Although dif­fer­ent coun­tries put their own spin on the Mar­ried at First Sight for­mula, von Wur­den says most stick pretty close to the orig­i­nal tem­plate.

“There are al­ways some cul­tural dif­fer­ences, be­cause dif­fer­ent coun­tries have dif­fer­ent fo­cuses on what’s im­por­tant in a re­la­tion­ship. But I would say in gen­eral, peo­ple ac­tu­ally fol­low the show’s orig­i­nal tem­plate, be­cause there’s noth­ing kind of so­phis­ti­cated about it. It’s just normal life... and that’s why it works in so many coun­tries.”


So what can view­ers ex­pect from our ver­sion?

Emma White, the se­ries ex­ec­u­tive pro­ducer, says the Kiwi ver­sion will be dif­fer­ent from any of its over­seas coun­ter­parts. “We want to make some­thing that works best for the New Zealand au­di­ence. We do have a lit­tle bit of li­cence to play with the for­mat, and we will,” she says.

How­ever, our Mar­ried will be closer to von Wur­den’s orig­i­nal vi­sion than the re­cent Aus­tralian se­ries, which crit­ics say pri­ori­tised tele­vi­sion drama over the health of the cou­ples’ re­la­tion­ships. None of the cou­ples from that se­ries are still to­gether.

“I don’t want to crit­i­cise the Aussie show, and it was very com­pelling view­ing, very en­gag­ing for the viewer,” White says. “But I will say that we, the broad­caster, and the ex­perts be­lieve in our matches, and we very much want suc­cess sto­ries.

“It would be amaz­ing if all of our re­la­tion­ships had happy end­ings, we would love that. Is that re­al­is­tic? Prob­a­bly not. But we be­lieve we’re cer­tainly striv­ing for suc­cess sto­ries, and I think that’s what the viewer will want.

“Does that make us dif­fer­ent to the Aus­tralian ver­sion? I don’t know, you’d have to be the judge of that. I’m not sure I be­lieved in some of the matches, but I’m not the ex­pert.”

Un­like the Aus­tralian ver­sion, where con­tes­tants couldn’t for­mally marry for le­gal rea­sons, the Ki­wis will be for­mally and of­fi­cially ty­ing the knot.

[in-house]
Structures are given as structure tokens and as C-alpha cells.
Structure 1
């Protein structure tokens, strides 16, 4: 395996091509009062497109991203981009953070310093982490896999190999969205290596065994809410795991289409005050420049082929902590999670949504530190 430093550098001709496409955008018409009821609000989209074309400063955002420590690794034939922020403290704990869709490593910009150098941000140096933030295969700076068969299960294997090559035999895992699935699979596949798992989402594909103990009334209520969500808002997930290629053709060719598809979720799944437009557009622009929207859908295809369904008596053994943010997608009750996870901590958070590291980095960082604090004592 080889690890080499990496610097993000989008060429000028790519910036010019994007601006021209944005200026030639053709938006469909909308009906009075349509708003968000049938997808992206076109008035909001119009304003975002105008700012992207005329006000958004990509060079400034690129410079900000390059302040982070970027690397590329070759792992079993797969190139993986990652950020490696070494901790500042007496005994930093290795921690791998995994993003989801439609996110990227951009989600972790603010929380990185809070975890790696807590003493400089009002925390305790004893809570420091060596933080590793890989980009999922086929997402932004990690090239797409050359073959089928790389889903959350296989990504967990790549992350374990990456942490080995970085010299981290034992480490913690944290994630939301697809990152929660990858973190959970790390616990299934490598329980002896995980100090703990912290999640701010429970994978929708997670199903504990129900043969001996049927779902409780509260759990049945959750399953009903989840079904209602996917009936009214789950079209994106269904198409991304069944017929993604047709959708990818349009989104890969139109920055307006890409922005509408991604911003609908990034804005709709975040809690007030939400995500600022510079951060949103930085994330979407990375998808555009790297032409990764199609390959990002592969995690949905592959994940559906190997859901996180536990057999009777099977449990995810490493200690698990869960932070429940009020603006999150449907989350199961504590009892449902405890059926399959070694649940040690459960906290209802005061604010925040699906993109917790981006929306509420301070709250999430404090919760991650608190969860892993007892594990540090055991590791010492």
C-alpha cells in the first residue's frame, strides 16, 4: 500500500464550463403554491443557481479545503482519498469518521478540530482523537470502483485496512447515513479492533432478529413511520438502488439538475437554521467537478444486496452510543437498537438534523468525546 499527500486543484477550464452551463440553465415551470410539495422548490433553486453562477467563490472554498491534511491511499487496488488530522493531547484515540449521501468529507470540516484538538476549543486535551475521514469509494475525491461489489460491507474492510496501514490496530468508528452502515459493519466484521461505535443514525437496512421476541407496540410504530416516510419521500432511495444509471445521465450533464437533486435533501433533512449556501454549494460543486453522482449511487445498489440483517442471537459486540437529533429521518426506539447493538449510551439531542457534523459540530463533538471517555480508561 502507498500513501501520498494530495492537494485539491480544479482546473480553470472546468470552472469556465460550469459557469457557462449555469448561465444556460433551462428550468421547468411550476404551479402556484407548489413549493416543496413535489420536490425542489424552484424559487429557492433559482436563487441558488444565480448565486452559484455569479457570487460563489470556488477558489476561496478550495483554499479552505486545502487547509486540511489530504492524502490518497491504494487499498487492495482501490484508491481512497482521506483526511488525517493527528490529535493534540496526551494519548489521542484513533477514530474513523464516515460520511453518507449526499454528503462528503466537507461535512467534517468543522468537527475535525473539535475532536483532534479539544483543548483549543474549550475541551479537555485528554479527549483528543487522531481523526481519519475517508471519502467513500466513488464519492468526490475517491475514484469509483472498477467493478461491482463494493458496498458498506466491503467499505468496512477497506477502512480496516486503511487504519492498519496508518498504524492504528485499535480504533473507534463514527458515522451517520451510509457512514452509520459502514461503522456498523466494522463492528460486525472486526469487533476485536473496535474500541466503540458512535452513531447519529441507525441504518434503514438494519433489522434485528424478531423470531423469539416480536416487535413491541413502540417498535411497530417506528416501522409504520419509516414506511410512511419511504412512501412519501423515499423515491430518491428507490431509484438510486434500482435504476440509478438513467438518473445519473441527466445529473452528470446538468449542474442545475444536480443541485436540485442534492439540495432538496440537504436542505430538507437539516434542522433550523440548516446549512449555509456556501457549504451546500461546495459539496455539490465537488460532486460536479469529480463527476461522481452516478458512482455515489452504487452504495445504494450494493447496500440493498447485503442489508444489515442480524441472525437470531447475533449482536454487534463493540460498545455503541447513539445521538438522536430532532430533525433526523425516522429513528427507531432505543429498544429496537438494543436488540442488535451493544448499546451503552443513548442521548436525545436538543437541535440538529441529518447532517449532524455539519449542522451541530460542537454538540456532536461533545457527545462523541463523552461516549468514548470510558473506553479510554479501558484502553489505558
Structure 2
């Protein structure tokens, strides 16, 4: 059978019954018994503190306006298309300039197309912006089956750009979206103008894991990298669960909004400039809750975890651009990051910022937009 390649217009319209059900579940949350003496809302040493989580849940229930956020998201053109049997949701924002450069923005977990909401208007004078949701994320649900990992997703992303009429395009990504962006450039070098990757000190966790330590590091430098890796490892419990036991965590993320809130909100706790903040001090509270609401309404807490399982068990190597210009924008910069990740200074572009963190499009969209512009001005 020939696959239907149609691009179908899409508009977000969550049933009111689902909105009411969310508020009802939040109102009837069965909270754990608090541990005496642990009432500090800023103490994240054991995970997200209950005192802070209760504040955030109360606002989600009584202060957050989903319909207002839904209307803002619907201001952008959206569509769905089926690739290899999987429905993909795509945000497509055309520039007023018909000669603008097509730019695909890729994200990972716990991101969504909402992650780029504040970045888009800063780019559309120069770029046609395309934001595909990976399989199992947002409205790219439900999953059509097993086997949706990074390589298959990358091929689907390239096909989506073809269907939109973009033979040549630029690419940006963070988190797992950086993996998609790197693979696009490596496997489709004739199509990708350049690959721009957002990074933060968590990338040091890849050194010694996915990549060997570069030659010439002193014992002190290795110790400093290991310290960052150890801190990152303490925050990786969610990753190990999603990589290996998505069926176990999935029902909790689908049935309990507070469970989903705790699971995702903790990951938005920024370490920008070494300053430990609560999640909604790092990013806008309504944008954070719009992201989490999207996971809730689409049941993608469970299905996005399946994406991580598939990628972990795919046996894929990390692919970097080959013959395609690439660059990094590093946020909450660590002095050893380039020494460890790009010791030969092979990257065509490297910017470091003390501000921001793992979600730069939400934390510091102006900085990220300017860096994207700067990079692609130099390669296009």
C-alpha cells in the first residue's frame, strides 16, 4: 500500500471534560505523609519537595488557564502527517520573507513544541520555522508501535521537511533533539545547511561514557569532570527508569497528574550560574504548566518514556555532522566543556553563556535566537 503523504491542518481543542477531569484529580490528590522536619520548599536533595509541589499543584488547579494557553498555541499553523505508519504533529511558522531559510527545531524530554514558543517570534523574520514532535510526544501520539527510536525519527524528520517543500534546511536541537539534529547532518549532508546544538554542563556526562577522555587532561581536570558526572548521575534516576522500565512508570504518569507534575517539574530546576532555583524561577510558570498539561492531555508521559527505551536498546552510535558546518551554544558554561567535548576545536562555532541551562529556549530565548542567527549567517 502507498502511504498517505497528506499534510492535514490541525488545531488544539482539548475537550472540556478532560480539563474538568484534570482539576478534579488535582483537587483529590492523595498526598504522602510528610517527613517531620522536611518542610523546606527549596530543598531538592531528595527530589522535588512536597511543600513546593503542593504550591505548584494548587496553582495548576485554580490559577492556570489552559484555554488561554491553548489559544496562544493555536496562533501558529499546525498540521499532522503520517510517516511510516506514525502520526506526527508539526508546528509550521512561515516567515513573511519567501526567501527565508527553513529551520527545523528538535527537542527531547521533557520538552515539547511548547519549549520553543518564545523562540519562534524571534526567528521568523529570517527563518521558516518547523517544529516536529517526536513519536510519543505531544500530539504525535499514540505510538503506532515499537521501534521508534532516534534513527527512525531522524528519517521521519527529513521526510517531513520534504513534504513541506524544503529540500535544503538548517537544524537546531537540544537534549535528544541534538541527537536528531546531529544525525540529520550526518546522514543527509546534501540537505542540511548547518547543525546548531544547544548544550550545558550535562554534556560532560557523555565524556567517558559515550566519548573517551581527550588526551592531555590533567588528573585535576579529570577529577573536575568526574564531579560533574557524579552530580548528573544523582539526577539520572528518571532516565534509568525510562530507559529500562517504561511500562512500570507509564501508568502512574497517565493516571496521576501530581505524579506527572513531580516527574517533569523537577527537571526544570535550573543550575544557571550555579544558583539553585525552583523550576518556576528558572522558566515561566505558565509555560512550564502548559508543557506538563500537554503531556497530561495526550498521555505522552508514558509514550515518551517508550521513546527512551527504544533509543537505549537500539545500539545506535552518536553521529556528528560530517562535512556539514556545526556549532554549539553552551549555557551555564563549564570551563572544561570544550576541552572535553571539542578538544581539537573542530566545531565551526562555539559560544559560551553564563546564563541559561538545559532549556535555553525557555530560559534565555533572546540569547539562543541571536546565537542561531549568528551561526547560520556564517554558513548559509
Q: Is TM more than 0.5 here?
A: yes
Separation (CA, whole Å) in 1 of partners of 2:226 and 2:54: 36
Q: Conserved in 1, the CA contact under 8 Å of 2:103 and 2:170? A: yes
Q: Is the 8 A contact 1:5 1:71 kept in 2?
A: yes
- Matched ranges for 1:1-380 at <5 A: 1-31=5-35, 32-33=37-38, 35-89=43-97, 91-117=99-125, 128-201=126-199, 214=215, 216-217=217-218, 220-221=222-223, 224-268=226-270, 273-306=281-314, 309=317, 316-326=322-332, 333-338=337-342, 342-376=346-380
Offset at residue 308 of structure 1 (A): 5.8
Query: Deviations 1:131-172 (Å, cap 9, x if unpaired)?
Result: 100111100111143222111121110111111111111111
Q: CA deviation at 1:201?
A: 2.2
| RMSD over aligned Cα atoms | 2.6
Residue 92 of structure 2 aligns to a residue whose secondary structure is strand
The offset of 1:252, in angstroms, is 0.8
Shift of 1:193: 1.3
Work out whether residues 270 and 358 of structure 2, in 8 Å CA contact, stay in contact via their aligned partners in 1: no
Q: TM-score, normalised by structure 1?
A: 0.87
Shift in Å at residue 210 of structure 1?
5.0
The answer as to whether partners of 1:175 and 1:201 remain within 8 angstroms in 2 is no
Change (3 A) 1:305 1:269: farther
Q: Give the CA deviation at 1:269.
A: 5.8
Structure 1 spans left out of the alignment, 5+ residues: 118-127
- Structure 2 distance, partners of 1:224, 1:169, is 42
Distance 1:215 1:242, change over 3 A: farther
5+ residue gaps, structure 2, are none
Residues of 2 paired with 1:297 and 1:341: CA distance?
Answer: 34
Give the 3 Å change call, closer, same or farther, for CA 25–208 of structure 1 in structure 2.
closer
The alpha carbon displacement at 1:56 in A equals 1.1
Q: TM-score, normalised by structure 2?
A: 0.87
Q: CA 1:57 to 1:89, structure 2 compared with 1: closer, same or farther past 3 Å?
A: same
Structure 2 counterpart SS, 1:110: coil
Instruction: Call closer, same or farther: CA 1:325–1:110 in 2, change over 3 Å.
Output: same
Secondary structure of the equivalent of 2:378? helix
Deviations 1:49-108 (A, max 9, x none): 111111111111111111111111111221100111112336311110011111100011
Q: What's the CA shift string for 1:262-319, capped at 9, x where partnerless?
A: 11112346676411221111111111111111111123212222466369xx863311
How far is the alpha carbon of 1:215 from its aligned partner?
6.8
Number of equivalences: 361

Nearly 4000 New Zealan­ders put their names for­ward for the show, which is be­ing made by Warner Bros for Three. Mar­ried’s panel of ex­perts chose six cou­ples from among them for the show.

Cast­ing was an in­ter­est­ing ex­pe­ri­ence for White. Warner Bros makes most of New Zealand’s big re­al­ity shows: The Block, The Bach­e­lor and Sur­vivor, among others. But for those shows, con­tes­tants are cho­sen mostly for how com­pelling they are on cam­era.

“We make lots of big-for­mat re­al­ity shows... but we’ve never cast a show for love, and that’s the most in­ter­est­ing thing about this for us, be­cause ac­tu­ally, we don’t cast it. Our ex­perts cast it,” White says.


In cast­ing the show, White says, the main thing she has learned is that when it comes to love, what peo­ple think they need is of­ten very dif­fer­ent to what they ac­tu­ally need.

“That is where the job of the ex­perts comes into it, they are there to say, ‘This per­son suits you for this rea­son, this rea­son and this rea­son, and if you can get over this ob­sta­cle, then you two could be great to­gether.’ That’s the point of the show, it’s to get peo­ple to have a look at a dif­fer­ent ap­proach to how they go about find­ing that soul­mate.”

So far, Mar­ried at First Sight’s dif­fer­ent ap­proach to find­ing love has met with a sur­pris­ing amount of suc­cess. The most re­cent Aus­tralian se­ries was an out­lier in that none of the cou­ples wound up stay­ing to­gether.

On av­er­age, 50 per cent of cou­ples choose to stay to­gether when film­ing fin­ishes. There are five “Mar­ried at First Sight ba­bies” scat­tered across the globe.

White says those suc­cess sto­ries come about be­cause the show’s pro­duc­ers, par­tic­i­pants and view­ers all want the same thing: happy cou­ples.

“The viewer wants to watch the cou­ples who are work­ing,” she says.

Un­like the Aussie se­ries, cou­ples will get legally mar­ried on screen in the Kiwi ver­sion of Mar­ried at First Sight.